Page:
When I am misrepresented or deliberately misinterpreted, and I remember that Jesus was falsely accused but He “held His peace,” and I bow my head to accept the accusation without trying to justify myself, this is brokenness.
When another is preferred before me and I am deliberately passed over, and I remember that they cried, “Away with this man, and release unto us Barabbas,” and I bow my head and accept rejection, this is brokenness.
When my plans are brushed aside and I see the work of years brought to ruin by the ambitions of others, and I remember that Jesus allowed them to “lead Him away to crucify Him” and He accepted that place of failure, and I bow my head and accept the injustice without bitterness, this is brokenness.
When in order to be right with my God it is necessary to take the humbling path of confession and restitution, and I remember that Jesus “made Himself of no reputation” and “humbled Himself…unto death, even the death of the cross,” and I bow my head and am ready to accept the shame of exposure, this is brokenness.
When others take unfair advantage of my being a Christian and treat my belongings as public property, and I remember “they stripped him,” and “parted His garments, casting lots,” and I bow my head and accept “joyfully the spoiling of my goods” for His sake, this is brokenness.
When one acts towards me in an unforgivable way, and I remember that when He was crucified Jesus prayed “Father, forgive them; for they know not what they do,” and I bow my head and accept any behavior towards me as permitted by my loving Father, this is brokenness.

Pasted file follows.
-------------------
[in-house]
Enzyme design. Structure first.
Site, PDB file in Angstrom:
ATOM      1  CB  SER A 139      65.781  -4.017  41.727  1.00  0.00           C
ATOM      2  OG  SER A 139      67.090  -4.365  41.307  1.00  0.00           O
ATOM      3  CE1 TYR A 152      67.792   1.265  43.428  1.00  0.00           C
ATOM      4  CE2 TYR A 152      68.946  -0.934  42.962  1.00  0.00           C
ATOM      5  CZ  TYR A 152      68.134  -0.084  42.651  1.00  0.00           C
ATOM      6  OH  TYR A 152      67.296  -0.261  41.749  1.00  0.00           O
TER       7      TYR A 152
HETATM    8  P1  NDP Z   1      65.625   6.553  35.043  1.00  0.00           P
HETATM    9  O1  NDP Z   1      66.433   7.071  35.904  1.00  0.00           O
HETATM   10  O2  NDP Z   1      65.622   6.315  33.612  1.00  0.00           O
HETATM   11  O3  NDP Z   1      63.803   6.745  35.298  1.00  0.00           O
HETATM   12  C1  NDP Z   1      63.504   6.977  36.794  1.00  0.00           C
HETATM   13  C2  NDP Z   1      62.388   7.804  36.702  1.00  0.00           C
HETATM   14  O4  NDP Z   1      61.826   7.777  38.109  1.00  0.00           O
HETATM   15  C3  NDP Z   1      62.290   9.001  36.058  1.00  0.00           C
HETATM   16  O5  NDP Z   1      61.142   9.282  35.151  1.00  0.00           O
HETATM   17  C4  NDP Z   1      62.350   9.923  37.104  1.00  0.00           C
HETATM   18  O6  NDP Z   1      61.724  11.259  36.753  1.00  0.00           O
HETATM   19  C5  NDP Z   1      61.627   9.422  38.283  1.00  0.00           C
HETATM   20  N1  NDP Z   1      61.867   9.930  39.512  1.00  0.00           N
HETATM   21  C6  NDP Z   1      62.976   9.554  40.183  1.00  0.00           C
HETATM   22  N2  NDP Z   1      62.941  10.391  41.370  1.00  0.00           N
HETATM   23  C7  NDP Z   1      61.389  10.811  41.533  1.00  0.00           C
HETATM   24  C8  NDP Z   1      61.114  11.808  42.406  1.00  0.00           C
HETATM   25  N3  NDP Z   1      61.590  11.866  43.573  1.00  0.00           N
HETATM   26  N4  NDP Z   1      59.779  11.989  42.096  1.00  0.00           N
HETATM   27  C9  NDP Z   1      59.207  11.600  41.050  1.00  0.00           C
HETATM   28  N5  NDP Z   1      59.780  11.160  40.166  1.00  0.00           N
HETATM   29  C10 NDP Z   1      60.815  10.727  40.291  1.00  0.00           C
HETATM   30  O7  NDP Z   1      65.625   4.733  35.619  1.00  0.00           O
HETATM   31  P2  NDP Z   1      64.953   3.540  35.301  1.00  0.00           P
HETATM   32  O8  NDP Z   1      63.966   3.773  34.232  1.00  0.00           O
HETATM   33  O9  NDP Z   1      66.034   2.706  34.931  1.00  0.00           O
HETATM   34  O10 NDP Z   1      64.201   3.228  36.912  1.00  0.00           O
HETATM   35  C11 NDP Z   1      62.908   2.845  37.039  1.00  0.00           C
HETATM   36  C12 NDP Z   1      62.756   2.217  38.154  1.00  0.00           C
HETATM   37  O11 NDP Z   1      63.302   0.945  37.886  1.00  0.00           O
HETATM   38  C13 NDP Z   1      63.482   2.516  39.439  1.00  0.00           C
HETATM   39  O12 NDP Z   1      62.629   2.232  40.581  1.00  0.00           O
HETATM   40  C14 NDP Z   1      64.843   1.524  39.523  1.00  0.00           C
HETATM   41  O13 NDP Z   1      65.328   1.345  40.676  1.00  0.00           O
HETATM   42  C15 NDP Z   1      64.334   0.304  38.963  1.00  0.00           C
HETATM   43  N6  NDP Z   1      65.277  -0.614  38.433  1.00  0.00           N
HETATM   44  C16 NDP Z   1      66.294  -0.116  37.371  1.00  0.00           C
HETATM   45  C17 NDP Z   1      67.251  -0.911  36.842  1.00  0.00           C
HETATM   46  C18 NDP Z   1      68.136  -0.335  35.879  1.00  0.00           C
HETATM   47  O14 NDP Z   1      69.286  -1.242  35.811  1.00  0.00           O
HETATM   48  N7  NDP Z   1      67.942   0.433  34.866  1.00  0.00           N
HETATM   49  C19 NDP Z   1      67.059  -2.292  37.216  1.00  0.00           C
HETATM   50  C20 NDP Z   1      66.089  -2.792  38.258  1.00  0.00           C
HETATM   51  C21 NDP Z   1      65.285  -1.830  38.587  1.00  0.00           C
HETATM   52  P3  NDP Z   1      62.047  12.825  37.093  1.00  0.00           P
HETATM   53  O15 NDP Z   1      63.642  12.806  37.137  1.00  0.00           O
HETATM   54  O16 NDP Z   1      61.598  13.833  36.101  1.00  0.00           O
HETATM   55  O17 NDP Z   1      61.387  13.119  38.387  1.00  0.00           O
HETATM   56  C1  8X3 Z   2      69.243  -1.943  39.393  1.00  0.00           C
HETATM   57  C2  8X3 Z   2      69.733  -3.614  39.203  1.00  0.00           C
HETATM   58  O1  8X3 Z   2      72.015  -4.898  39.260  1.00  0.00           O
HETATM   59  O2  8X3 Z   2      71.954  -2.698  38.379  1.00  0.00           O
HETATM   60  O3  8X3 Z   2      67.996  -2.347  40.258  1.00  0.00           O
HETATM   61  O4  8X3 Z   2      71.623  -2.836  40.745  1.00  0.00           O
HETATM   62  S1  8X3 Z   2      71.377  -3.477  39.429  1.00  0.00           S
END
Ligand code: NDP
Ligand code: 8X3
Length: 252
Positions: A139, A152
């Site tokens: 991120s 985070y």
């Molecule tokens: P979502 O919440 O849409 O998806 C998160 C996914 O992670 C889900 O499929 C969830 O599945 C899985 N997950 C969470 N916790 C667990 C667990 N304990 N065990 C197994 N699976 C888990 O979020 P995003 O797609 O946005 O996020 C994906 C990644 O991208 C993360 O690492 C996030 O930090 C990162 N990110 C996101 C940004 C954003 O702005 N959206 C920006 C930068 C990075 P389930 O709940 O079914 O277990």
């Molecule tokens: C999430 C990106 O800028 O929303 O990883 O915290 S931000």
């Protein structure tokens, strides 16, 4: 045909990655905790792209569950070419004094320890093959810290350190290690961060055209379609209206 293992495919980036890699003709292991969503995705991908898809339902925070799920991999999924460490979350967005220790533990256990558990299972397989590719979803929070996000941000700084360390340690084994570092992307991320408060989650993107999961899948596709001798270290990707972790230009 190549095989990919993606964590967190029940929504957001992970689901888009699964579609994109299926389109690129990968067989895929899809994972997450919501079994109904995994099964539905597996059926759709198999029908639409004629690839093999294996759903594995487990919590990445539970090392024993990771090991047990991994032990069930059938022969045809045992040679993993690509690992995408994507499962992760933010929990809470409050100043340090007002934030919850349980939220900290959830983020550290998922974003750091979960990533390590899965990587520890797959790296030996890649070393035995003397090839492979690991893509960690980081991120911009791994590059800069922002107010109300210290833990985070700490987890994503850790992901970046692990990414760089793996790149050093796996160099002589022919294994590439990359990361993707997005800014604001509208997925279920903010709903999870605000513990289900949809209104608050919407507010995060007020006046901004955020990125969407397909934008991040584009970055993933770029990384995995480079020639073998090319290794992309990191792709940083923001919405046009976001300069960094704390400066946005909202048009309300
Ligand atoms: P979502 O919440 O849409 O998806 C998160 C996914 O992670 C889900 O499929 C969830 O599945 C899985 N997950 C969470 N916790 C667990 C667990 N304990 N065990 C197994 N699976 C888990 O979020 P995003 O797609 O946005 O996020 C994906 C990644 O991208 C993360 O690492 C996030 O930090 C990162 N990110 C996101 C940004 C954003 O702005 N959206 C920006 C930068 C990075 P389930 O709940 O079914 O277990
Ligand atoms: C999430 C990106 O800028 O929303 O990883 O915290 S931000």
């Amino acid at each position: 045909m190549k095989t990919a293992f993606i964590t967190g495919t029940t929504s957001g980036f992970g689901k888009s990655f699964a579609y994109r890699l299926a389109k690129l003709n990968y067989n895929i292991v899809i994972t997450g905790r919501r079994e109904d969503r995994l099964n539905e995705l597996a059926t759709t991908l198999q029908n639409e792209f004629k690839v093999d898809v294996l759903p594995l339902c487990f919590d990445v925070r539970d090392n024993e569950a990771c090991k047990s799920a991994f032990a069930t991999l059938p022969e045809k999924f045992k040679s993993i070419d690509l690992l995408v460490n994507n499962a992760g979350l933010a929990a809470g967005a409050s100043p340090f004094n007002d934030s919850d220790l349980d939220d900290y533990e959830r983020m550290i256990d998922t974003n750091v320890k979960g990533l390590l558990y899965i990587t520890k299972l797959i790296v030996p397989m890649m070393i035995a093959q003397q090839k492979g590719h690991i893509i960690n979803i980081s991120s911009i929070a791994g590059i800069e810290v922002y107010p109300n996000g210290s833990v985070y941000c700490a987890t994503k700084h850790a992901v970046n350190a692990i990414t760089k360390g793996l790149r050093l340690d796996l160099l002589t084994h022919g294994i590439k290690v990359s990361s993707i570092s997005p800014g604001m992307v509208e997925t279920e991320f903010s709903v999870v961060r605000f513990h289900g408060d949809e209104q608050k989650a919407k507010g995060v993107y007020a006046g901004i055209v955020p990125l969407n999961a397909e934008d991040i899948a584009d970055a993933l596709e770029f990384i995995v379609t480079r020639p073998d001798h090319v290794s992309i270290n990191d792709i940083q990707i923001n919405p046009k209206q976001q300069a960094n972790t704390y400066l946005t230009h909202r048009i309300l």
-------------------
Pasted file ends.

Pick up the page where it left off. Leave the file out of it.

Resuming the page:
When people expect the impossible of me and more than time or human strength can give, and I remember that Jesus said, “This is my body which is given for you…” and I repent of my self-indulgence and lack of self-giving for others, this is brokenness.”
Someone once said there will be no revival, either personally or otherwise, until there is first a Gethsemane and a Calvary in each of our own lives.
Life Includes Suffering
I purposely ignored studying the sufferings of Job for years because it scared me. I can even remember one dear lady at a Bible study in the early ’70s who came up to me and shared that I was to look forward to “suffering with Christ.” Well, I thought she was a crazy heretic, so I stayed clear of her.
Now, of course, I understand what she was trying to say; I just wasn’t able to hear it at that time. Eventually, in God’s timing, the story of Job became incredibly real to me as I began to experience deep suffering in my own life. I learned I had a choice: to either let the suffering accomplish the goal and purpose that God wanted in my life; or, let the suffering crush and destroy me.